June 2, 2012

Recipe For A Birdhouse

Before I started cutting the Elizabethan Birdhouse I thought it would be fun to stack most of  the ingredients on the counter and list them as if this were a scratch cooking blog rather than a  scratch miniature building blog. So exactly what does go into a project like this?

1 sheet of 7mm marine plywood
1/4 sheet of 9mm marine plywood
4 board feet or so of Black Cherry
1 board foot of  Western Red Cedar

Bricks and Chimney:
Block of raw red clay
Glazing stains
Polyurethane adhesive caulk to stick the kiln fired pieces to the structure

Antique style, seedy (little bubbles) glass with an iridescent coating of gold tone with glows of blue, green, red. Helps obscure daylight view into the structure but lets light shine out at night
Roll of narrow copper foil tape
Solid core solder
Chemical patina solution to darken the solder
Window Glazing Putty

Door hinges:
Brass Sheet Metal
Brass Screws to secure hinges to door frame
Brass Brads to clinch the strap hinges to the door
Chemical patina solution to turn the brass black

Bucket of exterior grade, elastomeric "Venetian Plaster"
Artist acrylics to add aged detailing to stucco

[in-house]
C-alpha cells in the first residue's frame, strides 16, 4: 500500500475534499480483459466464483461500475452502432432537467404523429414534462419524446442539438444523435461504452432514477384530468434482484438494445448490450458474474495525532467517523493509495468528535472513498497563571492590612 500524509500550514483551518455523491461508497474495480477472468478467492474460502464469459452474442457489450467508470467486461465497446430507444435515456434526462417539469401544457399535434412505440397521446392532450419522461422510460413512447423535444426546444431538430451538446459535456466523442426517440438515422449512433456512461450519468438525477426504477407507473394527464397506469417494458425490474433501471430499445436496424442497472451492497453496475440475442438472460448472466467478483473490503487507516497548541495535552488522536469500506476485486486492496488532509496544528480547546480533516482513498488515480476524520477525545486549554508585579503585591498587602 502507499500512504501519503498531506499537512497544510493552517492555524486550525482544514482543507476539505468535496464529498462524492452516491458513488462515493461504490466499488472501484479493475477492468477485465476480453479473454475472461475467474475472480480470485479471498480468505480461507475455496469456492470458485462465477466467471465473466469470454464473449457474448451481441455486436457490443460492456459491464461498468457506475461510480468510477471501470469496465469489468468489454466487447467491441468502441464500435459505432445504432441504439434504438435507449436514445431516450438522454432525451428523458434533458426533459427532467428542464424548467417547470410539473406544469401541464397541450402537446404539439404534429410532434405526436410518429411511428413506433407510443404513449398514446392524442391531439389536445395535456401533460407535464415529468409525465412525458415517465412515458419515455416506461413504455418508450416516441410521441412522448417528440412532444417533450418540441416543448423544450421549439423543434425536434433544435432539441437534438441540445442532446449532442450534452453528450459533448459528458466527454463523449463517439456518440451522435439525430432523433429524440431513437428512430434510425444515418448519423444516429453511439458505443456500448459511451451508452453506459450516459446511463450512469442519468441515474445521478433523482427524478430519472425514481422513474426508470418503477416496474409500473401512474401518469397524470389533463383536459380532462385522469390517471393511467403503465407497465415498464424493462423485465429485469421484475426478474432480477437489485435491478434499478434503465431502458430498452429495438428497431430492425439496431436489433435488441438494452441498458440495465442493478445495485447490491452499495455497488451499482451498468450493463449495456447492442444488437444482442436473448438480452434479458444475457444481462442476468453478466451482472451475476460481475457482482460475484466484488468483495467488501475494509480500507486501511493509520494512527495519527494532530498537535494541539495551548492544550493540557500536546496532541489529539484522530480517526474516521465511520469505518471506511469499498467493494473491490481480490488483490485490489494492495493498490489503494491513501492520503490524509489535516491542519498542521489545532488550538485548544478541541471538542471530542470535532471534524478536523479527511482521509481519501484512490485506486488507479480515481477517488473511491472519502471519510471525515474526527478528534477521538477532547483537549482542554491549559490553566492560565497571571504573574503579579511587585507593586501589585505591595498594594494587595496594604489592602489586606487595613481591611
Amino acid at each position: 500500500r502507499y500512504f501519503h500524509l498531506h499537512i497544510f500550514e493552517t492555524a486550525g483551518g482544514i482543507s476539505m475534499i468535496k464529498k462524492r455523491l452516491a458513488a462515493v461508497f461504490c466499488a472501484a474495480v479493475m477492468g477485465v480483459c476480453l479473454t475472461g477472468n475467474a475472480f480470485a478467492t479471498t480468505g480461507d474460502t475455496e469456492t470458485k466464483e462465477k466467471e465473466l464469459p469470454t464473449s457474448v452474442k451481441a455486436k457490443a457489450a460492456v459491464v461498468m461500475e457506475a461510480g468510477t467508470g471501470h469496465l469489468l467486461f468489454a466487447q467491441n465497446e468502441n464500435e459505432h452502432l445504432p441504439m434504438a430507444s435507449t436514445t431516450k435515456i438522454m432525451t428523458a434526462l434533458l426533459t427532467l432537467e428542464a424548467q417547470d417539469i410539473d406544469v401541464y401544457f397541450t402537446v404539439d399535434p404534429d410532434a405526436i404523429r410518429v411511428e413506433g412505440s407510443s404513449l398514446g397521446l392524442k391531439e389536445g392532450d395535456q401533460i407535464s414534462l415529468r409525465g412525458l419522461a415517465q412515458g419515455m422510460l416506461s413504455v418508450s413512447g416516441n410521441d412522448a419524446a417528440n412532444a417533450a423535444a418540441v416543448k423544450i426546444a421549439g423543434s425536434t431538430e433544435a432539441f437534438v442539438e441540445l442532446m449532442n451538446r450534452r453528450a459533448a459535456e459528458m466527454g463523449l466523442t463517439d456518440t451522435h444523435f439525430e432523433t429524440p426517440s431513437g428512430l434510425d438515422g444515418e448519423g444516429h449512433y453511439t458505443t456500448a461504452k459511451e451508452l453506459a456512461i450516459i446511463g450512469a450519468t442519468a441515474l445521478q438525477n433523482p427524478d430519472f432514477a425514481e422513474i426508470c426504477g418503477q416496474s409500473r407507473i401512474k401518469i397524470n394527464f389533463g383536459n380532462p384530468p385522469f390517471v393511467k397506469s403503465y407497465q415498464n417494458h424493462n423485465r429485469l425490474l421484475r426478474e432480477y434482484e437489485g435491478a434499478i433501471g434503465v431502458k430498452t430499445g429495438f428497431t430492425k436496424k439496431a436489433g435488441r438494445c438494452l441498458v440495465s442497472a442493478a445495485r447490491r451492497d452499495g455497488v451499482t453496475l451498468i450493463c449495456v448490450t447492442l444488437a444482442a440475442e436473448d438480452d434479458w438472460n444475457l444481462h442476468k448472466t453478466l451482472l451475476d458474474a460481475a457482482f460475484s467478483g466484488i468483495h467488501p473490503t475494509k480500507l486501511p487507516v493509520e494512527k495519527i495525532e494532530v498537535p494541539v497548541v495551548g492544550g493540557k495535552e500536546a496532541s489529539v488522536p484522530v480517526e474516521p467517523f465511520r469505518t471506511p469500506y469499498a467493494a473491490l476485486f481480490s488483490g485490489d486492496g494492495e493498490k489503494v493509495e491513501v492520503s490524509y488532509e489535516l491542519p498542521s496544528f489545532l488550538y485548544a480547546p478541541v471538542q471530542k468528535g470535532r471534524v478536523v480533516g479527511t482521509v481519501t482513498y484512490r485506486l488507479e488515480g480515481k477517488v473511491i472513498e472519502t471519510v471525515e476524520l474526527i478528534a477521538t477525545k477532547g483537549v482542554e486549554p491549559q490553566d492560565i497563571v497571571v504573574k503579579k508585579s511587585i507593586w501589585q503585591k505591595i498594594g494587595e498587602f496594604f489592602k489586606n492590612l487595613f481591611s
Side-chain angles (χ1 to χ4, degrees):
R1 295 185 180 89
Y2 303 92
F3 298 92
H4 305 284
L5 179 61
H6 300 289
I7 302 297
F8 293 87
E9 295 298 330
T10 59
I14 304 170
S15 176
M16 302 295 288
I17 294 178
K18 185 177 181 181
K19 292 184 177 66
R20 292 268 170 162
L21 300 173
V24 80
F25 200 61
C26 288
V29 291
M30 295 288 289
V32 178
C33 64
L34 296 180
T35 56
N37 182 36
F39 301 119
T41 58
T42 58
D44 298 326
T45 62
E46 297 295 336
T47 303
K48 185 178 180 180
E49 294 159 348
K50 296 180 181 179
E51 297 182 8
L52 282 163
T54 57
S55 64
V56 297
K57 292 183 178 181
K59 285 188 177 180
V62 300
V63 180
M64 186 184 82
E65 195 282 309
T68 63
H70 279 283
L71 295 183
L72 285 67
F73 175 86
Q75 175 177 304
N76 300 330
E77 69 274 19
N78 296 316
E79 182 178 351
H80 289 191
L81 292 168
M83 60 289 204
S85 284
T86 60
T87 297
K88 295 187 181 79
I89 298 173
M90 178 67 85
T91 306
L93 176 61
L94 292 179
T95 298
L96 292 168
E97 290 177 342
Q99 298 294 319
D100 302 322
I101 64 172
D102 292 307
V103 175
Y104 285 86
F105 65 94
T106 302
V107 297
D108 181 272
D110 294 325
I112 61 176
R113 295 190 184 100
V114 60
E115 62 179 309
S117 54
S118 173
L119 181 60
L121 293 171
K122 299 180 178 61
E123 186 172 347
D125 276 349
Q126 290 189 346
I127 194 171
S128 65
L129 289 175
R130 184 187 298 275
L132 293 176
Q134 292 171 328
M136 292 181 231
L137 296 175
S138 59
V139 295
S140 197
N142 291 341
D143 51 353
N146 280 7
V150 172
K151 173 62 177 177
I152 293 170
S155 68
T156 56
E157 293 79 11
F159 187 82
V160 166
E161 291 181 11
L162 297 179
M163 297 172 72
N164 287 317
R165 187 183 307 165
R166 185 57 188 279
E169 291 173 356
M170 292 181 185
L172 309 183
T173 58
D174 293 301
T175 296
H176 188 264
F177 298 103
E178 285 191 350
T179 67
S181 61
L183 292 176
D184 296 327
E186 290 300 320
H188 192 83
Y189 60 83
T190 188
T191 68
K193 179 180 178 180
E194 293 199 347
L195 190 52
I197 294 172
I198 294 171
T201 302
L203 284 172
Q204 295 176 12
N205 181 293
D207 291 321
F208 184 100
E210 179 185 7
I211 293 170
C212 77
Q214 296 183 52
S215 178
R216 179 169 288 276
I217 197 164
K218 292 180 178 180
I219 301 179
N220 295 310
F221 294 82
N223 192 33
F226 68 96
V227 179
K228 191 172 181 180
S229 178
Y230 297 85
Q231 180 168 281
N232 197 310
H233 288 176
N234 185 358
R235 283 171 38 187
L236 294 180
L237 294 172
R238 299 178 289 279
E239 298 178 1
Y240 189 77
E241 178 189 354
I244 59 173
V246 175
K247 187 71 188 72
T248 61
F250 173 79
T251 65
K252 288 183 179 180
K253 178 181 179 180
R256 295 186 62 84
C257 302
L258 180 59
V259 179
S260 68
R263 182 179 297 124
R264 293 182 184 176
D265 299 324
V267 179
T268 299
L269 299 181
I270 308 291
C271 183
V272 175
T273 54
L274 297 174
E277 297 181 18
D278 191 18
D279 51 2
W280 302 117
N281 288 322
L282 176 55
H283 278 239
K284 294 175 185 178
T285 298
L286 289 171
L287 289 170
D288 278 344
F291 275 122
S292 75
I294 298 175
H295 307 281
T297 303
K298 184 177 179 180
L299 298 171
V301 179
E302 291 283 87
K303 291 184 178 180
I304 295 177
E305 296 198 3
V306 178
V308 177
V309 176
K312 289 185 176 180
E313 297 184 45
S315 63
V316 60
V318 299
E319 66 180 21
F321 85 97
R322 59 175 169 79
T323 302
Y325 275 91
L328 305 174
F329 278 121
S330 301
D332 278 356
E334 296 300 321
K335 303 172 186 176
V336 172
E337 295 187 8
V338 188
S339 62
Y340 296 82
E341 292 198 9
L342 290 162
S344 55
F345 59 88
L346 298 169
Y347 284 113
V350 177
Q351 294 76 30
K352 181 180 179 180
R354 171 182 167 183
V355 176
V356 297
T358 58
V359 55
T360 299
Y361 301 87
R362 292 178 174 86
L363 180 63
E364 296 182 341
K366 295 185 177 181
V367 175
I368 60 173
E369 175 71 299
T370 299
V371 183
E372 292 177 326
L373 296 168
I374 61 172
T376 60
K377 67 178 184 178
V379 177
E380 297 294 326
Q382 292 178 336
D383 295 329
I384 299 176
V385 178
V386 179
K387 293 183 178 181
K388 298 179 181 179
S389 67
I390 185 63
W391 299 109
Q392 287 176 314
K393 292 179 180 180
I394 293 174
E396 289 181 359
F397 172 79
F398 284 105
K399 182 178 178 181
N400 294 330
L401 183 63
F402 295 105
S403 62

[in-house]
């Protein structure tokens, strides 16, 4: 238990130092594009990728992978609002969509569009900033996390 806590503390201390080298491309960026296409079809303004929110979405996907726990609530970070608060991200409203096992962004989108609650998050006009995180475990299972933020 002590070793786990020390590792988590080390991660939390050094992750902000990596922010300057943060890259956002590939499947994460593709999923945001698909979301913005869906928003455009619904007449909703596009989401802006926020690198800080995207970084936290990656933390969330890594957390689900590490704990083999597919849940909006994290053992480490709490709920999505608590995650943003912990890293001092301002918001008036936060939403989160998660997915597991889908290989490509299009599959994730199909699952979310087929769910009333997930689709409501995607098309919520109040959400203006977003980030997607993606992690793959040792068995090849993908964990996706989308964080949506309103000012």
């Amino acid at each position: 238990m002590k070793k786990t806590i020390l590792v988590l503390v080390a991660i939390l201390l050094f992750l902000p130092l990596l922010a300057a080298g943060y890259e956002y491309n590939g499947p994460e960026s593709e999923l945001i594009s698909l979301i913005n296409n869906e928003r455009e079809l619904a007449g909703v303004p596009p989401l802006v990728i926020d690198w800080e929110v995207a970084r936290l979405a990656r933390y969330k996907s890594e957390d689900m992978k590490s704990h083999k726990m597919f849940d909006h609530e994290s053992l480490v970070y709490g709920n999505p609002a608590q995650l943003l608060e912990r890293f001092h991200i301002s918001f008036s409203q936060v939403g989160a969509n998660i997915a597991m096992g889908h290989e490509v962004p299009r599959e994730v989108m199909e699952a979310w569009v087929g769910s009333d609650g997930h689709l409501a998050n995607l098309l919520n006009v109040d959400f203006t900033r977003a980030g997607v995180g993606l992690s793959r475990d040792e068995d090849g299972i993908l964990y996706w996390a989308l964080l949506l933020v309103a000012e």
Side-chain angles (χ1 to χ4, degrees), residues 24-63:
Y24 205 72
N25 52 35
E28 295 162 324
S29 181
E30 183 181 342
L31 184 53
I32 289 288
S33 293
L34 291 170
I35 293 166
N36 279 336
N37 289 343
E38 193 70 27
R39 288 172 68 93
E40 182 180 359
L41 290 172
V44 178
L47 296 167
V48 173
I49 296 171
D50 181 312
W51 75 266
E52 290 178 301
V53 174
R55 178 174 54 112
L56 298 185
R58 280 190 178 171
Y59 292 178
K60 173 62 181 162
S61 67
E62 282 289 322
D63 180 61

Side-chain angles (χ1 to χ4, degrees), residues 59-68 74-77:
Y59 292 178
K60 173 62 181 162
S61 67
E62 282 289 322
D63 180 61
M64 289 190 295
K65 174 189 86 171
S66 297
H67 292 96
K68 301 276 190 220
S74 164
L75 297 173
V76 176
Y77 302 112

Primer paint 

Marine Plywood
Thin Fiberglass cloth and epoxy with filler  to seal and reinforce roof joins
Copper sheeting to be cut into shingles
Blue-Green Chemical Patina Solution

Birdhouse Hole Entry:
Copper Plate from recycling sources
 Blue-Green Chemical Patina Solution
Polyurethane Adhesive 

Acrylic adhesive caulking for the wood to wood joins
Polyurethane adhesive caulking for metal to wood joins

Misc supply:
Noel and Pat Thomas "Bug Juice" to stain the Black Cherry wood a dark gray
bronze screws
galvanized brads

LED Lighting:
Not shown as I have not purchased the LEDs yet

3D CAD Model for reference and to generate measured parts drawings
There are no assembly instructions for the more than 1,000 pieces most of which will be fabricated out of that stack of materials.

There is no point in asking me how many hours this will take to complete as I have no idea. It is a labor of love and will be going to my brothers house. There is no deadline which is a good thing as I lost most of last year's labor time to due health issues and this year I can only put in time on my "better" days which means it is a slow cooked recipe. But perhaps the flavor of it will be all the richer for that fact.